This is another great article that gives people a concrete example of what could happen if this nonsense continues. A lot of Europeans I talk to think it’s not really their problem because they are duals or because, even if they did work a few years in the U.S., they argue, “Well what could the U.S. government possibly do to me? I don’t live in the U.S.”
They firmly believe (and I hope from the bottom of my heart that they are right) that their government (France, Germany, U.K. etc.) would stand up for them against the U.S. But are they right to be so confident? Sokol’s article gives a perfectly mundane example of what might happen to a French citizen if the U.S. government decides he or is a U.S. person for tax purposes. And then he follows it to its logical conclusion – the European Court of Justice. Have a read and pass it along to your European friends…
Good work on finding this Petros. This is quite interesting since were discussing this in the comments section just yesterday.
I like how the author actually said something that makes sense.. paraphrased “More taxation is the result of war” So true, but the US always denies this, saying “As a percent of GDP, these wars are cost much less than previous wars”. Yeah right! Meanwhile, they wage a quiet war against us for money!
I wish these guys would mention the $450 fee (which is much higher than other countries) and the potential exit tax.
Unfortunately, now it looks like I have to tell me that my son is going to have to renounce, even though I never registered him. Craziness!
Interesting article. If this man were to win his case I believe that it would be a worldwide blow to the implementation of FATCA, FBAR’s and the whole U.S. principle of citizenship based taxation.
I think so too. Unfortunately it requires some poor person to be the sacrificial lamb. 🙂
Though I think any French person I know who found themselves in that position would fight like hell contre l’impérialisme américain….
Renonciation à la citoyenneté américaine est le moyen le plus rapide. Here’s a good article I found in French, but they should update it post 2010 rule changes:
A couple of comments:
If the US France Double Tax Treaty is at all similar to the US Canada one France cannot be compelled to collect taxes on its own citizens(To be clear for now that is just an interpretation by Finance Canada).
I am not as much of an expert on European Law but I do know the ECJ and ECHR have not looked favoribly on citizenship based taxation when EU countries have proposed it. I also supect the EU when they eventually get to the point of negotiating a tax treaty with the US as a single block(something that will one day happen sooner than I suspect many think) has enough clout to start a fight over the savings clause(which is the part of US tax treaties that in some ways legitimizes citizenship based taxation).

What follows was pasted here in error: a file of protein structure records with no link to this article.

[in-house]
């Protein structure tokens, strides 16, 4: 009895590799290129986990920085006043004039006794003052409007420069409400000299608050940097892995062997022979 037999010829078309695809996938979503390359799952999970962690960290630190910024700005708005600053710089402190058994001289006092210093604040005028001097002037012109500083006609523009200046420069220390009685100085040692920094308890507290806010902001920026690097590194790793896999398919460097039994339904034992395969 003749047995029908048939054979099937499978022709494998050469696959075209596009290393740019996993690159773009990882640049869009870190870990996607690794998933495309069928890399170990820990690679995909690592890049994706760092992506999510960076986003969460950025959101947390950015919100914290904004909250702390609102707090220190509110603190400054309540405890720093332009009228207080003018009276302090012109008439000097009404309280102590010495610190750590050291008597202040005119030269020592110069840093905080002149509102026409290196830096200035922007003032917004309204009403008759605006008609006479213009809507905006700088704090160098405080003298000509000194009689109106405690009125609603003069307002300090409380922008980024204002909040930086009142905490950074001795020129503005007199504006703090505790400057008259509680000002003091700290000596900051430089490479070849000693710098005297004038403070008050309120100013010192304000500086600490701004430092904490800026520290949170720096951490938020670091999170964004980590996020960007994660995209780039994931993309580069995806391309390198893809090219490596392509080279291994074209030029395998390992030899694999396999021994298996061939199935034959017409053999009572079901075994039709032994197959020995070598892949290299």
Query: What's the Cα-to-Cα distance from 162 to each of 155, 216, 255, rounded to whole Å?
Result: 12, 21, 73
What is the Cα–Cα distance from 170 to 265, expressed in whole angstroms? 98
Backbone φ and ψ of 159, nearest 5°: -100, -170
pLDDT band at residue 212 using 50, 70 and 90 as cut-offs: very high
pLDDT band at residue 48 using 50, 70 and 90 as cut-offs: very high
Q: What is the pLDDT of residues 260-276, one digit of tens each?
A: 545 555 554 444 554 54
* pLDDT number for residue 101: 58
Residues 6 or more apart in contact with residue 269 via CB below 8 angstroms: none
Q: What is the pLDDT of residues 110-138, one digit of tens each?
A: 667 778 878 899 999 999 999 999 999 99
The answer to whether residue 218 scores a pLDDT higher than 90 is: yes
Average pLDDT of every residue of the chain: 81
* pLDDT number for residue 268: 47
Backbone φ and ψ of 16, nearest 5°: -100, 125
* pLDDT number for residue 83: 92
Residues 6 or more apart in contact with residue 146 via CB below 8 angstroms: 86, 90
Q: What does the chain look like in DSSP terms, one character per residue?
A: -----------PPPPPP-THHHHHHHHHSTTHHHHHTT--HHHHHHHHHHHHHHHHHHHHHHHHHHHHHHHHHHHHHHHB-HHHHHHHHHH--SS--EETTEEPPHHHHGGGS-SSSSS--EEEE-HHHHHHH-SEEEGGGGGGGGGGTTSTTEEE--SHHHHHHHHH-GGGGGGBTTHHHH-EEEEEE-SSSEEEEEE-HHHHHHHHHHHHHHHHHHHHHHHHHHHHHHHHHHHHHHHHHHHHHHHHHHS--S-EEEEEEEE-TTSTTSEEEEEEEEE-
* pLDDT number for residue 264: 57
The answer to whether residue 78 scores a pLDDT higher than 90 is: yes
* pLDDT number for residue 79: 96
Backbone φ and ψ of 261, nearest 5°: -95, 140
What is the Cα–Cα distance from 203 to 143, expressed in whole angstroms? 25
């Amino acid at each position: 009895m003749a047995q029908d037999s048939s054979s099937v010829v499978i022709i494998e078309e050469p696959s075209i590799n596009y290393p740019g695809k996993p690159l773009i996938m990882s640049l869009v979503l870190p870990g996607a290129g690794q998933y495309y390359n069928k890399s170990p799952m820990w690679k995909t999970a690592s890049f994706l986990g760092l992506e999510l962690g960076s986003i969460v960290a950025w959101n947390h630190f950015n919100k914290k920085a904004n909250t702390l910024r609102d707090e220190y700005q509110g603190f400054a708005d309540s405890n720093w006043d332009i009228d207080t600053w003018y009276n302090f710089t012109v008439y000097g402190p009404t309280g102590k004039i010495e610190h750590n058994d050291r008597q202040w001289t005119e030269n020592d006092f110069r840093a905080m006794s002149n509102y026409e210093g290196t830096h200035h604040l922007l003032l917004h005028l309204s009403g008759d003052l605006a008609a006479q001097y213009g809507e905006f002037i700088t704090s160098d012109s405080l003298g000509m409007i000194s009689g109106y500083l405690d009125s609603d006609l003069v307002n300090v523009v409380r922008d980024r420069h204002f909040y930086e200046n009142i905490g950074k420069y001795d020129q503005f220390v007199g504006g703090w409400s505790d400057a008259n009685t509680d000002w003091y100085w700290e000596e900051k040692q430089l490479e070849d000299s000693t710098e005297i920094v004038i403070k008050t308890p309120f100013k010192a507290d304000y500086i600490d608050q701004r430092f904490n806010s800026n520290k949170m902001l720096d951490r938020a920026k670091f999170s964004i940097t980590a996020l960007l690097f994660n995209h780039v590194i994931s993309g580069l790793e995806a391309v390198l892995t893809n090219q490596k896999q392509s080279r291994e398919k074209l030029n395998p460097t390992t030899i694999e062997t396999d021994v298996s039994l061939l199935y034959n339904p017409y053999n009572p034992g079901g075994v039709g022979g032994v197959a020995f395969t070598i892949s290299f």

The other issues is you are US citizen living abroad it is unlikely in many cases to have any net tax due. You might have garbage like PFIC penalties and FBAR fines but I suspect those are much harder to enforce under tax treaties than actual tax due.
PFIC penalties and FBAR fines are not to be taken lightly just because your country of residence isn’t likely to assist the U.S. in collecting them. They still arise out of a basic problem which is that of the U.S.’s illigitmate practise of citizenship based taxation.
Don’t forget that it is this absurdity which has given rise to FATCA and our problems with banking and employment. We have nothing to do with America and it is wrong for the U.S. to essentially assert squatters rights over our lives based upon this one thing.
As many others have pointed out and as I can also attest to, it is expensive and risky to have to file U.S. taxes. The tax law is opaque and getting help in filling out the forms is expensive and not always trustworthy. We should only have to do our taxes once with our country of residence, only.
Our balance sheet with the U.S. government is perfectly balanced. We get nothing from them and they get nothing from us. It is the balance sheet that resident Americans have with their government that is not in equilibrium. 52% of resident U.S. households receive beneftis from the government but they pay no income taxes in order to fund those benefits.
@Tim – we’re entereing into a new era in terms of capital controls across the board, including Europe. As I’m typing this, European politicians are trying to work out details for a financial transaction tax (I call it a Tobin tax). Included and documented in the talks were resistrictions on capital movements as a way to prevent movements of capital from areas with the tax to areas without the tax.
I think this was one of the intentions of the FACTA, to have complete control over the money and restrict outflow. That way they can do anything they want to do (i.e, confiscate) your money. I really don’t think interest income was of much concern, since worldwide interest rates average about 1,5% per year.
Whether the Europeans or Canadian governments will start to enforce US Tax law.. I have no clue. But I can tell you the cooperation between countries has probably hit record levels so far. I consider this to be one of the main reasons we hear relatively nothing coming from non-US politicians. I think the only one so far was the Flaherty of Canada.
I think geeeez is absolutely right. There is far more cooperation between the EU and the US than most know about. And it’s not just financial capital that they want to control, it’s human capital. The Migration Policy Institute does a good job of keeping track of joint efforts by the EU and US to control immigration and the movement of people across borders. There are some pretty spiffy EU databases tracking people like me with my brand new EU certified biometric identity card. 🙂